Robbett, Andrea (2011) Experiments on the dynamics of community formation. Dissertation (Ph.D.), California Institute of Technology. http://resolver.caltech.edu/CaltechTHESIS:05262011-155408617
I study the dynamics by which populations with heterogeneous preferences for local public good provision, or for other local policies, sort themselves into communities. I conduct a series of laboratory experiments to consider whether the ability to “vote with one's feet," by moving between communities, is sufficient for a population to reach optimal public good allocations and community compositions, and to assess which institutions may best facilitate efficient self-organization when residents are able to move freely between locations. I find that communities allowing residents to make voluntary contributions toward the provision of a public good are characterized by instability, cyclical fluctuations in local provision, and a dynamic in which low demanders continually chase high demanders through locations. Institutions requiring all residents of a community to pay equal taxes enable subjects to sort by type into stable communities. However, populations can find themselves stuck at one of two types of local, inefficient equilibria. First, though sorted, residents may fail to attain the level of public good provision best suited for them, and, in that case, the system dynamics are crucial for determining whether subjects reach the communities that offer optimally designed expenditure bundles. When residents are able to vote for local tax policies with their ballots as well as with their feet, the inefficient local equilibria are eliminated, and I find that each community converges to the most efficient outcome for its population. Second, populations may sort into an inefficient equilibrium partition of residents across communities. I find that subjects moving between locations with fixed local policies segregate by type, even when pooling their resources with similar types is more efficient. When subjects are able to vote on local policies, they typically succeed in forming communities of the optimal size and membership composition. These experimental results suggest that the ability to vote with one's feet may not be sufficient for achieving optimal outcomes and that voting, or another mechanism by which residents may influence local policy internally, may also be necessary.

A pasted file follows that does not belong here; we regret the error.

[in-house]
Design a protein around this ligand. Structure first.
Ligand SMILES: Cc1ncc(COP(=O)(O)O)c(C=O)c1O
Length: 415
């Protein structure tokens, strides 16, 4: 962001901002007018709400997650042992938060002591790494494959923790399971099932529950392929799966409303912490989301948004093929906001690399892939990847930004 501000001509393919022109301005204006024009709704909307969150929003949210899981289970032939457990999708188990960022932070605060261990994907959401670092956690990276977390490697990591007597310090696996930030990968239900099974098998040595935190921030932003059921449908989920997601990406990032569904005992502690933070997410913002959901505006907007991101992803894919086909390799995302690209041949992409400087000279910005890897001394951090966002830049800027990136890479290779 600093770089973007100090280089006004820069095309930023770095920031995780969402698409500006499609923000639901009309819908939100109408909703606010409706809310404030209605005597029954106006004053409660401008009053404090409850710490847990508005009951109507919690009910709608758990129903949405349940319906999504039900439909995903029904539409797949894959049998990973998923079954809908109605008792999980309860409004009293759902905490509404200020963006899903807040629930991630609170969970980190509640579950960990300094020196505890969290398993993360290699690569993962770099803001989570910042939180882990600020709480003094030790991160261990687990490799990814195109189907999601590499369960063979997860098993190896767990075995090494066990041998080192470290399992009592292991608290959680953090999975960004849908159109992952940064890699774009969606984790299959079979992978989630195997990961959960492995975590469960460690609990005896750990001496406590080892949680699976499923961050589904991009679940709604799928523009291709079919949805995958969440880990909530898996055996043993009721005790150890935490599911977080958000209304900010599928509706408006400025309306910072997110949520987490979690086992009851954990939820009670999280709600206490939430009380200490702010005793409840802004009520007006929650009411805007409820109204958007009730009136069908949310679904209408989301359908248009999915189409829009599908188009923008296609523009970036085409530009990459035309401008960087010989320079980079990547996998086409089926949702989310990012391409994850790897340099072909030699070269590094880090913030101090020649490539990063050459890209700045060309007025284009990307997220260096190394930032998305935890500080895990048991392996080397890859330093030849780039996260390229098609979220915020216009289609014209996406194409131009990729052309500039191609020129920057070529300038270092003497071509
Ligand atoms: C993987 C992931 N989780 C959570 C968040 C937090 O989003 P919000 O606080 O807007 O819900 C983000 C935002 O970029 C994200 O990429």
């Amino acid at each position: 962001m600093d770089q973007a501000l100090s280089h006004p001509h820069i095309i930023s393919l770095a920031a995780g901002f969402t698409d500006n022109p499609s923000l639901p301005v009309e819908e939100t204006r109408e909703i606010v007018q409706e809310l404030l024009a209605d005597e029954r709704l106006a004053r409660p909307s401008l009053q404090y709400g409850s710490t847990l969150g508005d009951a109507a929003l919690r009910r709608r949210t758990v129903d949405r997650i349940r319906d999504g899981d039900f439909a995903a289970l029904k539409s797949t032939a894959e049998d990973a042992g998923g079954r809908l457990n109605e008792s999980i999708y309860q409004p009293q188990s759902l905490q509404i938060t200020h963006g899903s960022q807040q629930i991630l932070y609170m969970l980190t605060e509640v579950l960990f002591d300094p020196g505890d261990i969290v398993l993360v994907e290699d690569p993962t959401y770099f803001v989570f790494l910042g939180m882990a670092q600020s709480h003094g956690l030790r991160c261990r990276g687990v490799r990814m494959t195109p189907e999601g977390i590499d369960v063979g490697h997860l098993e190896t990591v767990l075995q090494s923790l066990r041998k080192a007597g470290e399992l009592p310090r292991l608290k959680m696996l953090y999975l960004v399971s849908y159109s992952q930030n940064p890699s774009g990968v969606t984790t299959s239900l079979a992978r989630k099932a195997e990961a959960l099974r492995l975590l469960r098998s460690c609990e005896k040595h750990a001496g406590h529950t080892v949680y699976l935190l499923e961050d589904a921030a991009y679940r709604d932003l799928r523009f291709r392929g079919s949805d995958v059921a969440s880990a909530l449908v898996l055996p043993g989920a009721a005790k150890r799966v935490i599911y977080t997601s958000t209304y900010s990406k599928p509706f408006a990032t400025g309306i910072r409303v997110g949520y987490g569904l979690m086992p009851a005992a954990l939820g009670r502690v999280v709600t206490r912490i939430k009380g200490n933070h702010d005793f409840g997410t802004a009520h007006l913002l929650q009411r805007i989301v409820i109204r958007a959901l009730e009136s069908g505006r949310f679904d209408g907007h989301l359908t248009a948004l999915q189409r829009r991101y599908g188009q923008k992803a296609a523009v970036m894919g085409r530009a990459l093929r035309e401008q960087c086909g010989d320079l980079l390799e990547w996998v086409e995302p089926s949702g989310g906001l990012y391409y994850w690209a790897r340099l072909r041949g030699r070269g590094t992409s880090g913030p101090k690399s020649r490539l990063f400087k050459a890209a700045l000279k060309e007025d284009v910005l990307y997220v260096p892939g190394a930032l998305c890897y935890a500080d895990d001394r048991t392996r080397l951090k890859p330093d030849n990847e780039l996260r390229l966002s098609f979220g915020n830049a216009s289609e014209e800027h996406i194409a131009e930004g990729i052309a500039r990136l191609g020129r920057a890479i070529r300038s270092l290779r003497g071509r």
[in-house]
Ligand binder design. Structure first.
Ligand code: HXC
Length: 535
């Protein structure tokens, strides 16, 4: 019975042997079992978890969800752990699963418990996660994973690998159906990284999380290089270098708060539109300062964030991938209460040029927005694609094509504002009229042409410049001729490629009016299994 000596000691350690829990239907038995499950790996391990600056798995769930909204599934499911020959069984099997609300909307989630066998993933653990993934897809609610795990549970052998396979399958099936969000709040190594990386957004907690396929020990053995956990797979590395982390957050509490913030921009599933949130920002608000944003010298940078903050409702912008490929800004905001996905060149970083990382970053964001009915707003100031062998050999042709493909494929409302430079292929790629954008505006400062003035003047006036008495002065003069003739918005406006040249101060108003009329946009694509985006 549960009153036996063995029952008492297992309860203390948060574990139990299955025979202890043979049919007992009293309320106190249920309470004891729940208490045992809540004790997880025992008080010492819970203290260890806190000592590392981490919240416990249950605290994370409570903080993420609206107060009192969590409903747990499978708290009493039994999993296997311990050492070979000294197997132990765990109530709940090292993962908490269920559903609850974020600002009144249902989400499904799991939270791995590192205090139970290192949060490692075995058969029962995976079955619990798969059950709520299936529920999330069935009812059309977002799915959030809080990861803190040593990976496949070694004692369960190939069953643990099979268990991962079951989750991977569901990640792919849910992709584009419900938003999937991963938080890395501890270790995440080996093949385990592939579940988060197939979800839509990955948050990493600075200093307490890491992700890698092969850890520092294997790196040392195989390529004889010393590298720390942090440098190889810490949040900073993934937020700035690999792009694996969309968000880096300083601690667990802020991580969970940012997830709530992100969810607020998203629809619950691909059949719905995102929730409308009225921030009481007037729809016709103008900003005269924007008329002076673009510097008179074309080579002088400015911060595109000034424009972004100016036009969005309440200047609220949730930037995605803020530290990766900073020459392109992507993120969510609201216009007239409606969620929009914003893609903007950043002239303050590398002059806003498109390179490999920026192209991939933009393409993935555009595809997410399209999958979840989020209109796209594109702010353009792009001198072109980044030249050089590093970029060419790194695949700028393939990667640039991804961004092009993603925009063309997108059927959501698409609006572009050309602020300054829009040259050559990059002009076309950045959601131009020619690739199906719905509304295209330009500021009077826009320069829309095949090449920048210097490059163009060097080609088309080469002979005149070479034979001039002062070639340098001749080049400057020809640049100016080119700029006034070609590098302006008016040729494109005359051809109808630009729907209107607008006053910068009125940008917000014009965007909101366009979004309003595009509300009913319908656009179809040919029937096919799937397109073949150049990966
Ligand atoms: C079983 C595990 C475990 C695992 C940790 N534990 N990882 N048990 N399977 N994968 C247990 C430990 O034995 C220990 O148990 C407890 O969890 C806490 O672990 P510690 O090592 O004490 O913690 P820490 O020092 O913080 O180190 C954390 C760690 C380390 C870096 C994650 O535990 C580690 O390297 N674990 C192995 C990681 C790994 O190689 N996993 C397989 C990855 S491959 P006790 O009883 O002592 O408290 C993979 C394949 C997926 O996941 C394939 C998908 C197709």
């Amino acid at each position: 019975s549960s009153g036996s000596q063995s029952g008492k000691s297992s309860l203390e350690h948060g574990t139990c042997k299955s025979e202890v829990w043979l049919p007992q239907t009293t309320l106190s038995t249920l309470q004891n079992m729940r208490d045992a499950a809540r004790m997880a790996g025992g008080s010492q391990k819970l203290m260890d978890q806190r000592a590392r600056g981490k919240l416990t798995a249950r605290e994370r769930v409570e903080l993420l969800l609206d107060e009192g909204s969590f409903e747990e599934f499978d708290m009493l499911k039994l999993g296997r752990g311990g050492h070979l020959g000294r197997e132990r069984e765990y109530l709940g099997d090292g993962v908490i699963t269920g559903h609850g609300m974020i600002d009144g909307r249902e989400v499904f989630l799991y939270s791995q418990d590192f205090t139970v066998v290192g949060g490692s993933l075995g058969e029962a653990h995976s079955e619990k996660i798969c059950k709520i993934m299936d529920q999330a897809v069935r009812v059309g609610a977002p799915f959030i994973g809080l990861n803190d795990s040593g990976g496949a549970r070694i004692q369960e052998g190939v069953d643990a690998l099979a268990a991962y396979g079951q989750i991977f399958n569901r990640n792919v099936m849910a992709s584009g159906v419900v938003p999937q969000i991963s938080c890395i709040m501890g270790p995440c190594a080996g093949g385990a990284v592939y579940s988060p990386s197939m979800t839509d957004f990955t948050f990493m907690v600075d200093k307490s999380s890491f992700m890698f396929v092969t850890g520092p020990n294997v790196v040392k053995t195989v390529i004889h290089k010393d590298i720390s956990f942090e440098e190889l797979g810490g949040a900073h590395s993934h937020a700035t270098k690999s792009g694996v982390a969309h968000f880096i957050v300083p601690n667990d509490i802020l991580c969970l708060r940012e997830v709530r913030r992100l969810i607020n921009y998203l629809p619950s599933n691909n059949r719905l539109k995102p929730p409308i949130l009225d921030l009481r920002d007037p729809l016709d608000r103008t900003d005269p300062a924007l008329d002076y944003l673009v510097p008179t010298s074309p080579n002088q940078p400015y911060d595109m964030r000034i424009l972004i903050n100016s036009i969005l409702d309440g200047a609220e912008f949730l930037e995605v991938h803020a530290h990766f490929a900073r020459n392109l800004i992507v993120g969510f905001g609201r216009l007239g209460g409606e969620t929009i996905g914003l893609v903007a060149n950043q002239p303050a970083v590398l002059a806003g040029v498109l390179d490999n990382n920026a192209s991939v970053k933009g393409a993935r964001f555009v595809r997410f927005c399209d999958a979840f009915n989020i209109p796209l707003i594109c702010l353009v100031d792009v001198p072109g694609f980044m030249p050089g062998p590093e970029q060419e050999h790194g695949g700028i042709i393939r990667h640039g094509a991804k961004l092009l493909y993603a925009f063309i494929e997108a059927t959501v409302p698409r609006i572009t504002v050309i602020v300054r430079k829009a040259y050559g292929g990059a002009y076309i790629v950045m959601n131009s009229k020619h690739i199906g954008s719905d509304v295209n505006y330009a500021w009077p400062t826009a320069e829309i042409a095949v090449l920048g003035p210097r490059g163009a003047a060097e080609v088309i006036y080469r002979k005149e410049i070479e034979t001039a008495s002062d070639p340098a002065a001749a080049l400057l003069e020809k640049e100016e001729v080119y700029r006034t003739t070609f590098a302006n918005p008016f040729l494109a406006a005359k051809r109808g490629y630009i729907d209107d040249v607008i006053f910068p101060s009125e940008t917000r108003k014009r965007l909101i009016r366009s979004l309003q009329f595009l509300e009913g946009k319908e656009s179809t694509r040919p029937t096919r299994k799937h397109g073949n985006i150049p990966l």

|Item Type:||Thesis (Dissertation (Ph.D.))|
|Subject Keywords:||experimental economics; public good provision; group formation|
|Degree Grantor:||California Institute of Technology|
|Division:||Humanities and Social Sciences|
|Major Option:||Social Science|
|Thesis Availability:||Restricted to Caltech community only|
|Defense Date:||19 May 2011|
|Default Usage Policy:||No commercial reproduction, distribution, display or performance rights in this work are provided.|
|Deposited By:||Andrea Robbett|
|Deposited On:||27 May 2011 22:08|
|Last Modified:||18 Jan 2013 00:44|
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